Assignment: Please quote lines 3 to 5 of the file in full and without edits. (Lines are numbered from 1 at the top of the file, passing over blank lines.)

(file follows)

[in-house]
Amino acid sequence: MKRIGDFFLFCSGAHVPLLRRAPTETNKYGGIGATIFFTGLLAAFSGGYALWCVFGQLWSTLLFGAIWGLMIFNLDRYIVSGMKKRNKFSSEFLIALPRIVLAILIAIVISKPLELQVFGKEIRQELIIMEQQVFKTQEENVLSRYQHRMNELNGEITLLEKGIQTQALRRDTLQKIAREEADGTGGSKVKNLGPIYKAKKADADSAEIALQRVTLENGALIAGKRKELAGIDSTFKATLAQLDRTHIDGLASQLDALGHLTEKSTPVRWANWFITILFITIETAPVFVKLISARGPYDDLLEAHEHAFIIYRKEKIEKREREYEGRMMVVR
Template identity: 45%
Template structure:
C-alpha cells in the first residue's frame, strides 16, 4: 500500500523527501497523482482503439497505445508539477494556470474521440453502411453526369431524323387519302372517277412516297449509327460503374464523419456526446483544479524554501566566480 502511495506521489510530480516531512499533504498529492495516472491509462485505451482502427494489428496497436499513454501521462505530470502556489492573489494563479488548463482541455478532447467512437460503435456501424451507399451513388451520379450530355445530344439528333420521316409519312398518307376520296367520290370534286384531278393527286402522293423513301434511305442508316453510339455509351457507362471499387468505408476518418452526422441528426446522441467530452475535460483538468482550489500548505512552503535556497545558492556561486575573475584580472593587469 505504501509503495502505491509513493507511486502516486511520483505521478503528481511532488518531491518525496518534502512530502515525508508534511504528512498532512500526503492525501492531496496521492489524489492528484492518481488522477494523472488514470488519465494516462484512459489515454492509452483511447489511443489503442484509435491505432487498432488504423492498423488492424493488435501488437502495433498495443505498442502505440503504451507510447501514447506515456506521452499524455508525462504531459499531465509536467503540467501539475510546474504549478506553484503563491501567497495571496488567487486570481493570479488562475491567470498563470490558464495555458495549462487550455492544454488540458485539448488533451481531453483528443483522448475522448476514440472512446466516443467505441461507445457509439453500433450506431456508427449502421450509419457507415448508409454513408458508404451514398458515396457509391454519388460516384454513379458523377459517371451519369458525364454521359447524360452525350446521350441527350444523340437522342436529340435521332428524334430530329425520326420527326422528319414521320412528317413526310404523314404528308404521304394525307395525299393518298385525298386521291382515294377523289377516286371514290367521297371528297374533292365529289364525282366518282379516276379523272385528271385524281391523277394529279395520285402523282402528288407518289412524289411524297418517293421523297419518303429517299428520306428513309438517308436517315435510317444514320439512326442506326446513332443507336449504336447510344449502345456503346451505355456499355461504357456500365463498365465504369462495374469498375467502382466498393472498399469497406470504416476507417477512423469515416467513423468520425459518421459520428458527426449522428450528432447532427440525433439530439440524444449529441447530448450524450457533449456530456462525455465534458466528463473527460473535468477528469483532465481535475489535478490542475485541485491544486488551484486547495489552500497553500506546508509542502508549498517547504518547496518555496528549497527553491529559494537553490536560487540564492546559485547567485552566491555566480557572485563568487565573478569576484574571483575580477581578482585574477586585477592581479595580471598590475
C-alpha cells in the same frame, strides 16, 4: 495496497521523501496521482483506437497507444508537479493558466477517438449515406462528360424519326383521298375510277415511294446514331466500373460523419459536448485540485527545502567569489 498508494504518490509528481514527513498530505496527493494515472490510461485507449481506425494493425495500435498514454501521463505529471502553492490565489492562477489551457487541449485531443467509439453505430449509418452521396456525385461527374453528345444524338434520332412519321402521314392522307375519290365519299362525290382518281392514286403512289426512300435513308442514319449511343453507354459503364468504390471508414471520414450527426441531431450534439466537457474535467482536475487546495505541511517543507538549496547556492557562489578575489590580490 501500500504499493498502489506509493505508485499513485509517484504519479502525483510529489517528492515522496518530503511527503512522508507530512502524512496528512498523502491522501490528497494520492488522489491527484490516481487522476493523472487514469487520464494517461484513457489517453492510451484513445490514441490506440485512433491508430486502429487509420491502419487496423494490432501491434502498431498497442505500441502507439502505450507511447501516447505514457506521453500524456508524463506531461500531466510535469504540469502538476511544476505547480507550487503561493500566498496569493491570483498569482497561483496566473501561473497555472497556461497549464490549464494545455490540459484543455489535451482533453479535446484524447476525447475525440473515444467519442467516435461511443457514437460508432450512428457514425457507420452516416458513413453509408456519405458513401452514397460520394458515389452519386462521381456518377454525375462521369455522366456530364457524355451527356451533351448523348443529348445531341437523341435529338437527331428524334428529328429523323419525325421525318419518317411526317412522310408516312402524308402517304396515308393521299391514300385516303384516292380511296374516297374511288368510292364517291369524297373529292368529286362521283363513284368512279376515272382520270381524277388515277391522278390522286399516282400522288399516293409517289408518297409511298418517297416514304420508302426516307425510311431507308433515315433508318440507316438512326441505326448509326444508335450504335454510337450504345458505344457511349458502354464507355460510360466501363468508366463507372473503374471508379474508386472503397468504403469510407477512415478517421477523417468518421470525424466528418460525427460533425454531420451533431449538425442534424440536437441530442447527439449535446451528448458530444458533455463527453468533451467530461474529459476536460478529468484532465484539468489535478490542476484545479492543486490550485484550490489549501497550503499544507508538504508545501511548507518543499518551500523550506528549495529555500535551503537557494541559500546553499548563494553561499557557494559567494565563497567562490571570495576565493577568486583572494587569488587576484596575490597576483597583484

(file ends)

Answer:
Template identity: 45%
Template structure:
C-alpha cells in the first residue's frame, strides 16, 4: 500500500523527501497523482482503439497505445508539477494556470474521440453502411453526369431524323387519302372517277412516297449509327460503374464523419456526446483544479524554501566566480 502511495506521489510530480516531512499533504498529492495516472491509462485505451482502427494489428496497436499513454501521462505530470502556489492573489494563479488548463482541455478532447467512437460503435456501424451507399451513388451520379450530355445530344439528333420521316409519312398518307376520296367520290370534286384531278393527286402522293423513301434511305442508316453510339455509351457507362471499387468505408476518418452526422441528426446522441467530452475535460483538468482550489500548505512552503535556497545558492556561486575573475584580472593587469 505504501509503495502505491509513493507511486502516486511520483505521478503528481511532488518531491518525496518534502512530502515525508508534511504528512498532512500526503492525501492531496496521492489524489492528484492518481488522477494523472488514470488519465494516462484512459489515454492509452483511447489511443489503442484509435491505432487498432488504423492498423488492424493488435501488437502495433498495443505498442502505440503504451507510447501514447506515456506521452499524455508525462504531459499531465509536467503540467501539475510546474504549478506553484503563491501567497495571496488567487486570481493570479488562475491567470498563470490558464495555458495549462487550455492544454488540458485539448488533451481531453483528443483522448475522448476514440472512446466516443467505441461507445457509439453500433450506431456508427449502421450509419457507415448508409454513408458508404451514398458515396457509391454519388460516384454513379458523377459517371451519369458525364454521359447524360452525350446521350441527350444523340437522342436529340435521332428524334430530329425520326420527326422528319414521320412528317413526310404523314404528308404521304394525307395525299393518298385525298386521291382515294377523289377516286371514290367521297371528297374533292365529289364525282366518282379516276379523272385528271385524281391523277394529279395520285402523282402528288407518289412524289411524297418517293421523297419518303429517299428520306428513309438517308436517315435510317444514320439512326442506326446513332443507336449504336447510344449502345456503346451505355456499355461504357456500365463498365465504369462495374469498375467502382466498393472498399469497406470504416476507417477512423469515416467513423468520425459518421459520428458527426449522428450528432447532427440525433439530439440524444449529441447530448450524450457533449456530456462525455465534458466528463473527460473535468477528469483532465481535475489535478490542475485541485491544486488551484486547495489552500497553500506546508509542502508549498517547504518547496518555496528549497527553491529559494537553490536560487540564492546559485547567485552566491555566480557572485563568487565573478569576484574571483575580477581578482585574477586585477592581479595580471598590475